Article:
(Persia Digest) - Speaking about Donald Trump turning down European requests about the US staying in the 2015 JCPOA Iran nuclear deal and the deepening gap between the US and EU, John Tirman says: “This is a golden opportunity for the EU to rebalance the alliance, which for decades has been dominated by the U.S.”
Donald Trump has finally made good on his election campaign promise to quit the JCPOA Iran nuclear deal. Most countries have opposed his move, including the EU, China, and Russia. President Rouhani has announced that Iran will stay in the deal if the remaining signatories remain committed to it. But White House national security adviser John Bolton said Sunday that "it's possible" there will be secondary sanctions imposed on European companies as a result of the US withdrawal from the Iran nuclear deal.
Persia Digest has conducted an interview on the future of the Iran nuclear deal with John Tirman, Executive Director & Principal Research Scientist at MIT Center for International Studies. John Tirman has written numerous articles on US-Iran relations. He has also coedited the book "U.S.-Iran Misperceptions: A Dialogue" with Abbas Maleki.
You can read the interview here:
The EU, in words at least, wants to keep the JCPOA and has opposed Trump’s move. But, are they able to give Iran guarantees to prevent secondary US sanctions from affecting Iran’s dealings with other countries?
This is the key question. It’s not clear what Germany, France, and the UK will do, whether they move forward in concert or separately, and how Russian and Chinese reactions figure in their decisions. My guess is that the EU-3 will try to “carve out” sectors of allowable trade with Iran, that is, negotiate these quietly with the U.S. Whether that will satisfy Iran remains to be seen.
Some say that in leaving the JCPOA, Trump has in fact ignored his European allies. The cover of Der Spiegel weekly magazine was especially interesting with the caption “GOODBYE, EUROPE!” Earlier, Trump's decision to increase import tariffs on steel and aluminum had already angered Europe. Will the American withdrawal from the JCPOA widen the gap between Europe and the US?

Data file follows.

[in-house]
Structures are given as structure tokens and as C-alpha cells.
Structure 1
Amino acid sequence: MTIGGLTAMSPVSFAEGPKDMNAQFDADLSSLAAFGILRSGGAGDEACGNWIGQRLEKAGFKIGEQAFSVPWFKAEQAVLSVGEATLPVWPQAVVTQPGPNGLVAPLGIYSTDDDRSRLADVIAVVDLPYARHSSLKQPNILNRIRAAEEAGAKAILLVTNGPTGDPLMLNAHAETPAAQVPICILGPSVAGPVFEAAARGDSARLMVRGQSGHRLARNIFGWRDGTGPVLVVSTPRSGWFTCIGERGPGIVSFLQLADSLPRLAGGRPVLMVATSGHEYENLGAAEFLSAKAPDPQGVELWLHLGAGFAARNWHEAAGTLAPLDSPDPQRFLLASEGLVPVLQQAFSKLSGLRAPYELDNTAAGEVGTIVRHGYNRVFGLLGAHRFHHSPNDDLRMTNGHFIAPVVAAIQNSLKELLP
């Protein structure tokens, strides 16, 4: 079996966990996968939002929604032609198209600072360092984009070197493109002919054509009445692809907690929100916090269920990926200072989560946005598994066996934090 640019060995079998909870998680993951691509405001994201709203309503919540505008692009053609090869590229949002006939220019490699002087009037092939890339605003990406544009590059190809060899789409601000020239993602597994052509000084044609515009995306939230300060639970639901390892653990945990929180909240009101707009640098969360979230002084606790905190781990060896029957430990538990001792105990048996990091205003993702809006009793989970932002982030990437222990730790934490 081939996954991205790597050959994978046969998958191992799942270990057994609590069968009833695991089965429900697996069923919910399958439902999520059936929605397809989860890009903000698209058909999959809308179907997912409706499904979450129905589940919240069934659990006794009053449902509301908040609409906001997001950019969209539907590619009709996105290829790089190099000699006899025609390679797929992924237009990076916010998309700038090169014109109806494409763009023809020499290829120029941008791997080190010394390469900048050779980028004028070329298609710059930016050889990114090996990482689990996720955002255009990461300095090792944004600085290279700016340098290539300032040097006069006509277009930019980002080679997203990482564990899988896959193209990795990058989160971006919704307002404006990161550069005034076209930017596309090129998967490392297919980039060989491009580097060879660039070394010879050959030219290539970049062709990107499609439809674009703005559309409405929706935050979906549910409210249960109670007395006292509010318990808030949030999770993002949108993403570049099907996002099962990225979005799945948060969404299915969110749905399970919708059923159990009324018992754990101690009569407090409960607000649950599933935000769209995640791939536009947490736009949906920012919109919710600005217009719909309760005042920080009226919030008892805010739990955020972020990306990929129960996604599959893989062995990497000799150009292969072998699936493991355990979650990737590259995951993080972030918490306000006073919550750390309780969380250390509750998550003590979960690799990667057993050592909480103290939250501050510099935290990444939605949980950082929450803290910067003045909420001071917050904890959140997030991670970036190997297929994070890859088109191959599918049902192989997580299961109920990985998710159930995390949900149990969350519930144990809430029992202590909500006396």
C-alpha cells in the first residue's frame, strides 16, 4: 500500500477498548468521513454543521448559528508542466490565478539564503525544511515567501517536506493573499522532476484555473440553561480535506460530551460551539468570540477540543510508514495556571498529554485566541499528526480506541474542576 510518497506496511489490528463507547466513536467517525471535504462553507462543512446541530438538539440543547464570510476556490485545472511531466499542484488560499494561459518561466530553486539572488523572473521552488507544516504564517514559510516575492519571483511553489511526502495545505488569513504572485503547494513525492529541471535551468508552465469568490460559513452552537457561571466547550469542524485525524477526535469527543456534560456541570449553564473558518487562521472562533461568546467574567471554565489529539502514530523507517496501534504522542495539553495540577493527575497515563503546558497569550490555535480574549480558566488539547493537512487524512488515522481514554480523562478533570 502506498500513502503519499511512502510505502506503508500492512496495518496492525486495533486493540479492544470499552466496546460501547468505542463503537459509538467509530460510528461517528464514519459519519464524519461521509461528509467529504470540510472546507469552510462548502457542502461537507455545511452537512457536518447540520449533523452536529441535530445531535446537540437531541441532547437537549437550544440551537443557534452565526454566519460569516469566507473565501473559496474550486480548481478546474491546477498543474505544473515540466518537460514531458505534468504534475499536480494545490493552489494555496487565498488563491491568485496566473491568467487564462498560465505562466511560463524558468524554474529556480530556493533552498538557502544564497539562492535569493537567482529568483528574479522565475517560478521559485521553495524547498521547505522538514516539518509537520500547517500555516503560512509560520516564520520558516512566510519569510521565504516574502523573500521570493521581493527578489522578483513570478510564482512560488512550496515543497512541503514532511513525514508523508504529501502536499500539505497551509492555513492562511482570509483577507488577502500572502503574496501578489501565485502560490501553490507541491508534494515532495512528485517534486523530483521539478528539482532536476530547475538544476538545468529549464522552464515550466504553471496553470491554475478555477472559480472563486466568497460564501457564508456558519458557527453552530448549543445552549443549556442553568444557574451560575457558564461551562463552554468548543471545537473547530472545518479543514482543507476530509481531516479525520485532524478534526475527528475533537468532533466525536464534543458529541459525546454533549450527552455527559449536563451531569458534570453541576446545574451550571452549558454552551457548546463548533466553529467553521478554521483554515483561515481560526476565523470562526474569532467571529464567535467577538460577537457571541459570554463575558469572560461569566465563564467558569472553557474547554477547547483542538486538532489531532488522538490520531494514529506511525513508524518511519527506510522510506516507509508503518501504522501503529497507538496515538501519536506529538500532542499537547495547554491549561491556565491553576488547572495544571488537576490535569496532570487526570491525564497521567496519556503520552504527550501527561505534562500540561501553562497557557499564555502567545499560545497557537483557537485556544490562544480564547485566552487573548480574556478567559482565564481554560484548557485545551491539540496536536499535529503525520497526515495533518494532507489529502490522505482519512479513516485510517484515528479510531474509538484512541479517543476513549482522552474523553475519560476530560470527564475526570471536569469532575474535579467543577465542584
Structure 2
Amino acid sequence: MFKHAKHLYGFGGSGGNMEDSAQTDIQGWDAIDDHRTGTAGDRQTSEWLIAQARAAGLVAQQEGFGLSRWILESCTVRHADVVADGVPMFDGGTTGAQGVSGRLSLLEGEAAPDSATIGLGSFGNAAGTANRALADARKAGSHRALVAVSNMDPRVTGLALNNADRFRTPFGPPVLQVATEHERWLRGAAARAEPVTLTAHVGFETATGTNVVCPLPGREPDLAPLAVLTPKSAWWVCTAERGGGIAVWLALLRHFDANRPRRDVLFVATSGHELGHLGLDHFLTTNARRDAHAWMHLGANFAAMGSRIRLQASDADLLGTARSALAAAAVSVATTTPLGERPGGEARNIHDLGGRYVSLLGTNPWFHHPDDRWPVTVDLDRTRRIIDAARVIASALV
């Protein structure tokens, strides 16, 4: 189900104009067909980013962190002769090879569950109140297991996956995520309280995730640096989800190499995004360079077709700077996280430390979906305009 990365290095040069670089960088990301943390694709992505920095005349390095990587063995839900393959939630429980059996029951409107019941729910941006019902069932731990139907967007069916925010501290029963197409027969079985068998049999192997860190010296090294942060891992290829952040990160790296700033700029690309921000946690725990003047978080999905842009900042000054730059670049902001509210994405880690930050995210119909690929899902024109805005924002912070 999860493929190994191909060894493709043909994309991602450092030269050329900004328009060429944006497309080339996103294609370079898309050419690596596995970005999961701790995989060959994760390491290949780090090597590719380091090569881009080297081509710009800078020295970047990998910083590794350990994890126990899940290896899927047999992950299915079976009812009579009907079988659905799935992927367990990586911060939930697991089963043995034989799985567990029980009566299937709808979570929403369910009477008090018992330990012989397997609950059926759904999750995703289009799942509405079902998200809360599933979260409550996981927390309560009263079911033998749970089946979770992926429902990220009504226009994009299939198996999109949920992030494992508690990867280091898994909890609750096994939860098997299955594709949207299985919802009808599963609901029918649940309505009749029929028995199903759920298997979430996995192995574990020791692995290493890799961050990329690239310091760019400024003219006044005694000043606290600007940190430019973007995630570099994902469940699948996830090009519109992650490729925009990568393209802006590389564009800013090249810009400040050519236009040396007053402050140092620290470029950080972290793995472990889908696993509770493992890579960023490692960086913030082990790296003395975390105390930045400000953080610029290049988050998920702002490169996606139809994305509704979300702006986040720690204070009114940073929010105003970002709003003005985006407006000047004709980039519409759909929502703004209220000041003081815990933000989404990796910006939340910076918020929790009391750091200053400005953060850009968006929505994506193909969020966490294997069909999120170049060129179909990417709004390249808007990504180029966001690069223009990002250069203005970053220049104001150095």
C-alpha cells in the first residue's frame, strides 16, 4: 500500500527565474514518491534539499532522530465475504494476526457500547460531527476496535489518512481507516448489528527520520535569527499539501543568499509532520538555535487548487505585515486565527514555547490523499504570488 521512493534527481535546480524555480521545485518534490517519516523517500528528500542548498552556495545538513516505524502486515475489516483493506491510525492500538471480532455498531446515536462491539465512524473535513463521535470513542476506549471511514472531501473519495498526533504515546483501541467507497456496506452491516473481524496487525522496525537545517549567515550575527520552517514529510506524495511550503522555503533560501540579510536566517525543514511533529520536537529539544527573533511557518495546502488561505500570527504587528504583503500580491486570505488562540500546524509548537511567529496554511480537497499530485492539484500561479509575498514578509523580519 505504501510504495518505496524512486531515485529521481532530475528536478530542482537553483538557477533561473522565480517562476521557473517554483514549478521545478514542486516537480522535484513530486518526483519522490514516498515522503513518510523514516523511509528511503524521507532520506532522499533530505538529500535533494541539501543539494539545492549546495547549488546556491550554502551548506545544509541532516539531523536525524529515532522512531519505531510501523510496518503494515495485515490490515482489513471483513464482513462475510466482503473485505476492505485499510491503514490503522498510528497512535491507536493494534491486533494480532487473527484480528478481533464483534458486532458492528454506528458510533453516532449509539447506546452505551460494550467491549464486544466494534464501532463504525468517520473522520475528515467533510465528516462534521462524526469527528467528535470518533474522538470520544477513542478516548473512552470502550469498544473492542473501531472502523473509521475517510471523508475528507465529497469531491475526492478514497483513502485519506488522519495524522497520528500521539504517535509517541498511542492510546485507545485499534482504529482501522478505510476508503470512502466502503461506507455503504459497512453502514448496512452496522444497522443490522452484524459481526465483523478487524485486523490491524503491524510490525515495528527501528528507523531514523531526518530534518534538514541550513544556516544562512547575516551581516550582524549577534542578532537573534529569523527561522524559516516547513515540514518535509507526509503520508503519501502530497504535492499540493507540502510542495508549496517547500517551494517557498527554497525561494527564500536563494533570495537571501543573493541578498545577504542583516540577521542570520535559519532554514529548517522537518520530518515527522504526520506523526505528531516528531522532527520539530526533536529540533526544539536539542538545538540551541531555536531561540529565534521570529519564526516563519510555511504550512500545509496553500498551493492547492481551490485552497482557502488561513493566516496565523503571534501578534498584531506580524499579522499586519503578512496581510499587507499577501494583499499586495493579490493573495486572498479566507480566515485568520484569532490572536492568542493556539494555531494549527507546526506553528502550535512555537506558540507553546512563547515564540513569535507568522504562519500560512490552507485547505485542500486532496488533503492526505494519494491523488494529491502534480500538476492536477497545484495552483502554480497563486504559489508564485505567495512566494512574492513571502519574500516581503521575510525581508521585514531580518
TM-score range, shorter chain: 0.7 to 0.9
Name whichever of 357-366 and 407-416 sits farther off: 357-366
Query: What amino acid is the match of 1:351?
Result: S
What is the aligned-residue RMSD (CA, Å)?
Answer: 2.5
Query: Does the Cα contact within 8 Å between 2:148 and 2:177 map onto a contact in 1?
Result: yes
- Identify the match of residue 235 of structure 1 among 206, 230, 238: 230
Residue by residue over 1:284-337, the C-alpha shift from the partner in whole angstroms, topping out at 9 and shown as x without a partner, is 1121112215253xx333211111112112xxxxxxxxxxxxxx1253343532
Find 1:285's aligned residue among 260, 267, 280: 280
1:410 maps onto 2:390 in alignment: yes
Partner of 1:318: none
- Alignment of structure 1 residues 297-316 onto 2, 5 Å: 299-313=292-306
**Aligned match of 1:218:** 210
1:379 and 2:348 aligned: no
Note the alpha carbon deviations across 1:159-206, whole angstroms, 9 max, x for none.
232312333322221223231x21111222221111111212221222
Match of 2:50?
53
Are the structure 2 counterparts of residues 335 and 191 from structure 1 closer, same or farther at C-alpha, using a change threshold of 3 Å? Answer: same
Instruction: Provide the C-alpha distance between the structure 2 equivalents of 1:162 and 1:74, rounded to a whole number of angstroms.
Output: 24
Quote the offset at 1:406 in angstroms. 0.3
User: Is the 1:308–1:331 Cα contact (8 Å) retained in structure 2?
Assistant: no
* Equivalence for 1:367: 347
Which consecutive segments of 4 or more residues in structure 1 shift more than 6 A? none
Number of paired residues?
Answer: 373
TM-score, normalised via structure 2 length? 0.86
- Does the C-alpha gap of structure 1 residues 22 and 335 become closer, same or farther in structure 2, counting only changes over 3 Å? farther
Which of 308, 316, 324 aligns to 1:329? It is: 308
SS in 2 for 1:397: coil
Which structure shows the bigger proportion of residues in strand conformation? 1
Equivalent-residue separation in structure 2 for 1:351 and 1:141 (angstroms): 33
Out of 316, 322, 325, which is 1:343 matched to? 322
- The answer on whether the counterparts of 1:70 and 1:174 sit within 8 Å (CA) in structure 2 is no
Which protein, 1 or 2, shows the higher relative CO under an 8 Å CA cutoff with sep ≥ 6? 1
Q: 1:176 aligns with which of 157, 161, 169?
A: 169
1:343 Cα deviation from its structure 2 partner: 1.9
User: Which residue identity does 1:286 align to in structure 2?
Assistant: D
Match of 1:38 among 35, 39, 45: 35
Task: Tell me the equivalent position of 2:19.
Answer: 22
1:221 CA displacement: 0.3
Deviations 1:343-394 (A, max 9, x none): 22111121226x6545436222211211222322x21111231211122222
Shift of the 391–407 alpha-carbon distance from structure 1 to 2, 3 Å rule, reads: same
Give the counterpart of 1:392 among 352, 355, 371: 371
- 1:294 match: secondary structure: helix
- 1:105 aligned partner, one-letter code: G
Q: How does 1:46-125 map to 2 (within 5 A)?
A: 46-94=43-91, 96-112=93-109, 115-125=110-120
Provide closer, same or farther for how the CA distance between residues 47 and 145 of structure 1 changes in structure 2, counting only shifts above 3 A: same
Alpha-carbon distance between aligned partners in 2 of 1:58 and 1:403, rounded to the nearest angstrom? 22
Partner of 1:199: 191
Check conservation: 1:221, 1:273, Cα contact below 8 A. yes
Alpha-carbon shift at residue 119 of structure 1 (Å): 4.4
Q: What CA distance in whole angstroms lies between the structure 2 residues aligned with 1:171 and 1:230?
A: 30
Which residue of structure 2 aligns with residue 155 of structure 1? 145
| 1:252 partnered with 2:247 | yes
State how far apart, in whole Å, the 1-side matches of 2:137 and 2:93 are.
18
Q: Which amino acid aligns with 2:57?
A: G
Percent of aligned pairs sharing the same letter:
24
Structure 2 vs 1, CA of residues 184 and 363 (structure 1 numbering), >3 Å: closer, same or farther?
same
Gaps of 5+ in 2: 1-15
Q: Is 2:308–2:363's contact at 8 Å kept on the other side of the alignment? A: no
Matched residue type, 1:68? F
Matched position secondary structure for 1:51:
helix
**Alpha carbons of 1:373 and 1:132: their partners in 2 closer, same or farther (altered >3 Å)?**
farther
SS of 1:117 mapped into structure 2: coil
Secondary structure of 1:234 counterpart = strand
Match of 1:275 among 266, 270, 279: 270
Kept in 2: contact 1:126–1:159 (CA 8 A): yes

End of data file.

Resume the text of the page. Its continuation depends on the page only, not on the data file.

This is one of the signal concerns of the security establishment in Washington, and they have a point. The alliance with Europe has served American interests very handsomely for 70 years. These disruptions, for no good reason whatsoever, are very damaging, not only due to the substance of the actions, but what they portend for the future. Trump seems to feel more comfortable dealing with authoritarians (Putin, Erdogan, Xi, Duterte, MbS, Netanyahu, et al) than with the more complex relationships involving actual democracies and alliances. This is very troubling.
Stephen Walt is an American professor of international relations at Harvard University. On 2 May 2018, he wrote in Foreign Policy that the leaders of the three European powers are “the main reason for the possible failure of the JCPOA.” If European passivity continues to hinder Iran’s benefits under the deal and leads to an Iranian withdrawal from the JCPOA and its demise, how will the EU’s global positioning be affected?
This is a golden opportunity for the EU to rebalance the alliance, which for decades has been dominated by the U.S. Charting its own course would send a message to Trump and future presidents that Europe cannot be taken for granted. It would encourage the EU to be more assertive in dealing with Russia, Israel, Turkey and other rogues in the international system. Merkel and Macron have the standing to pursue this course.
How will US sanctions be effective and impact Iran if it decides to remain in the JCPOA? Will they affect the Iranian economy like before?
The consequences of sanctions for Iran’s economy is one of the major questions for Rouhani, and it’s not yet clear—mainly because China and Russia may ignore U.S. dictates, and Europe possibly will as well. China in particular can supply much of what is lost from the U.S. and Europe. But there’s little doubt that overall the Iranian economy will suffer. It would suffer more, however, if Tehran leaves the deal.
Will the US withdrawal from the multilateral agreement have actual, tangible implications for this country? Some talk about US isolation and discredit among other countries. To what extent will the fallout of this decision be real for the US?
As usual, much depends on what happens next. If Iran remains in the JCPOA and Europe trades with Iran, the damage to the U.S. is, ironically, minimized. If Israel or the U.S. strikes Iran’s nuclear facilities, that would rebound harshly against Washington in world opinion. As a global hegemon, the U.S. can survive many disastrous, inhumane policies (wars in Vietnam, Iraq, etc.), but every such case erodes its moral authority. However imperfect, international institutions and norms have served the U.S. and much of the world very well, and the alternatives to the global rule of law are not pretty. Constantly disrupting these institutions and norms will come to be seen as extremely destructive, and the onus for such destruction rests on Trump’s shoulders.